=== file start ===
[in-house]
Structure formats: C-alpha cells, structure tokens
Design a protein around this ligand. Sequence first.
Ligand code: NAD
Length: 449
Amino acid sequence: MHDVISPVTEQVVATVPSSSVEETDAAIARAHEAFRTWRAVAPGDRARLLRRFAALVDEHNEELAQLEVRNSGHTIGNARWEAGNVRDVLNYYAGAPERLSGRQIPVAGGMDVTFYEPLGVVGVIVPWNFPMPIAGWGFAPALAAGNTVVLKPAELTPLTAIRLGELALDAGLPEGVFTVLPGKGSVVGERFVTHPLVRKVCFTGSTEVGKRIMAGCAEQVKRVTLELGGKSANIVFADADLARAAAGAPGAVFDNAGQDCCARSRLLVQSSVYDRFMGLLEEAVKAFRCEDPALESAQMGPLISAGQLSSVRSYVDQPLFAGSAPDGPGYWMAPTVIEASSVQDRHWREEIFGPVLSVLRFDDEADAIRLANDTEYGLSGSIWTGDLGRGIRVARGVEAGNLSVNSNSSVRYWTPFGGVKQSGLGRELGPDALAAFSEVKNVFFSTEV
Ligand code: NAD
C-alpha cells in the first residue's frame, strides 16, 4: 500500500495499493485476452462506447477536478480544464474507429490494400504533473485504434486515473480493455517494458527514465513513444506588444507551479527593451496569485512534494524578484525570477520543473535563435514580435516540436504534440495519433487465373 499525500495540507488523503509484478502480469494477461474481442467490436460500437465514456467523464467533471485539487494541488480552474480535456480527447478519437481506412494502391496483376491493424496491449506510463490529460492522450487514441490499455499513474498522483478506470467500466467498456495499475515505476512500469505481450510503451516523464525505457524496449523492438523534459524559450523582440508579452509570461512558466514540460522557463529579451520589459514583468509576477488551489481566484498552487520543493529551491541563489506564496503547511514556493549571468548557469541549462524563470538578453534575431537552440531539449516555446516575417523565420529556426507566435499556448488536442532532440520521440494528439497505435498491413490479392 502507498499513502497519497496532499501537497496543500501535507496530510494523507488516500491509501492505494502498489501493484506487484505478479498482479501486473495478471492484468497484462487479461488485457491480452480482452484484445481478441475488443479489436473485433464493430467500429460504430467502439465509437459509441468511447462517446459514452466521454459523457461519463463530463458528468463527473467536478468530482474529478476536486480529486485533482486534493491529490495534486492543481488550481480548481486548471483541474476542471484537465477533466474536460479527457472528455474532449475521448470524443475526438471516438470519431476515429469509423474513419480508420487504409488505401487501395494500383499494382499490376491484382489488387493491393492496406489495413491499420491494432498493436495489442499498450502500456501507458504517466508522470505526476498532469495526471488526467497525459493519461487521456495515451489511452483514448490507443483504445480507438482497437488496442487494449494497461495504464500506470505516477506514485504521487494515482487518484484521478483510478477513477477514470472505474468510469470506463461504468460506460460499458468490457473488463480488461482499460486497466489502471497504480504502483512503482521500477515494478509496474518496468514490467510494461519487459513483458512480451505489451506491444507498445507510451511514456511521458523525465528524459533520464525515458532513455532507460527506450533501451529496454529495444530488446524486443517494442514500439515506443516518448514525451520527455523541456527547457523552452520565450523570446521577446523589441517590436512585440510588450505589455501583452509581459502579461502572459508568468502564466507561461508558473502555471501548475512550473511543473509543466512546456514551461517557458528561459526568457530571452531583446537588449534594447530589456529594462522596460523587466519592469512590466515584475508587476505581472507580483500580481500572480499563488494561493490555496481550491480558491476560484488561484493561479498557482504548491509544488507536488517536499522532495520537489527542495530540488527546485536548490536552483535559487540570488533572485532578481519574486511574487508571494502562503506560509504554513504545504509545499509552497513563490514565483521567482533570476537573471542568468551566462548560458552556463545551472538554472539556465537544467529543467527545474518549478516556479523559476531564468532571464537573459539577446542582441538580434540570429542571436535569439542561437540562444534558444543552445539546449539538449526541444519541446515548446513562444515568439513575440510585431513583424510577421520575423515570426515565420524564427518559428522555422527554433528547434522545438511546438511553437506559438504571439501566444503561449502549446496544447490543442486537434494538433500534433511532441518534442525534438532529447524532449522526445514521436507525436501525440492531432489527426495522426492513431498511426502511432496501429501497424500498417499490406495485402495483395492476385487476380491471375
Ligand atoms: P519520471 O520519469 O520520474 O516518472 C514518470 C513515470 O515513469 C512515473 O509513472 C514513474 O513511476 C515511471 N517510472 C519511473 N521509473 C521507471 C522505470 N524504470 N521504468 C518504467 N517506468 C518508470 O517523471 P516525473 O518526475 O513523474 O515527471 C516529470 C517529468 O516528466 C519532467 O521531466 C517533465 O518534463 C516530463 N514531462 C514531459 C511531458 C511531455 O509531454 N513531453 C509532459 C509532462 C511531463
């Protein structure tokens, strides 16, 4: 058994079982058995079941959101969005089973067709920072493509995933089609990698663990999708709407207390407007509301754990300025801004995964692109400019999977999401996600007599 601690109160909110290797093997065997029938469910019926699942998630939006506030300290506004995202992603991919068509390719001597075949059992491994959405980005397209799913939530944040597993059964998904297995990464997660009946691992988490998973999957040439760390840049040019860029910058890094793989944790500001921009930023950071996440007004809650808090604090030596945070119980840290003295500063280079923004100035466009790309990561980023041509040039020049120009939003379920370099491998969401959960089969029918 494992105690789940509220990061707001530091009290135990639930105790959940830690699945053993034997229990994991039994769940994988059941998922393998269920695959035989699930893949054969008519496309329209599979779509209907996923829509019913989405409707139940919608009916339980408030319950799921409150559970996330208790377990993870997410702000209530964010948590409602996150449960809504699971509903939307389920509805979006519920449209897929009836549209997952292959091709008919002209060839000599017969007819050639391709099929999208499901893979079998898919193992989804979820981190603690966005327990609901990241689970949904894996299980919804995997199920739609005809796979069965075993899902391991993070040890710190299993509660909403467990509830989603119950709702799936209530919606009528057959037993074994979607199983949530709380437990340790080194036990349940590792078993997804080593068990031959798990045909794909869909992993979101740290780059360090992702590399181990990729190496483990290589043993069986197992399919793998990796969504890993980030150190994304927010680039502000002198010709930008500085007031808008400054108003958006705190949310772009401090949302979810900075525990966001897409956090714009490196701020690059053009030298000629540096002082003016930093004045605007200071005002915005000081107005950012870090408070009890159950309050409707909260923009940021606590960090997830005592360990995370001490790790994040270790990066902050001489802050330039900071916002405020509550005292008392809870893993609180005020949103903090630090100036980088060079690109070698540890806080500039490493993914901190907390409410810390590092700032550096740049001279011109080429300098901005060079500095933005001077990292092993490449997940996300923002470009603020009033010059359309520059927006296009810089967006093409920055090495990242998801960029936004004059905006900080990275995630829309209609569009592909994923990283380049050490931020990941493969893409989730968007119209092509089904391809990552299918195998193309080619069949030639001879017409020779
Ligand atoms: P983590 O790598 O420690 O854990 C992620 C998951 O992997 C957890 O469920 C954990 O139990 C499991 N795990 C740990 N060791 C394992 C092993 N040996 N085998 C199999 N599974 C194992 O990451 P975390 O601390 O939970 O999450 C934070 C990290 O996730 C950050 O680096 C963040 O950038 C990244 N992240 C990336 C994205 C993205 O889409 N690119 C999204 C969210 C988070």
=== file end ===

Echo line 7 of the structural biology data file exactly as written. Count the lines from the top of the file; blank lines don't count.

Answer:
Ligand code: NAD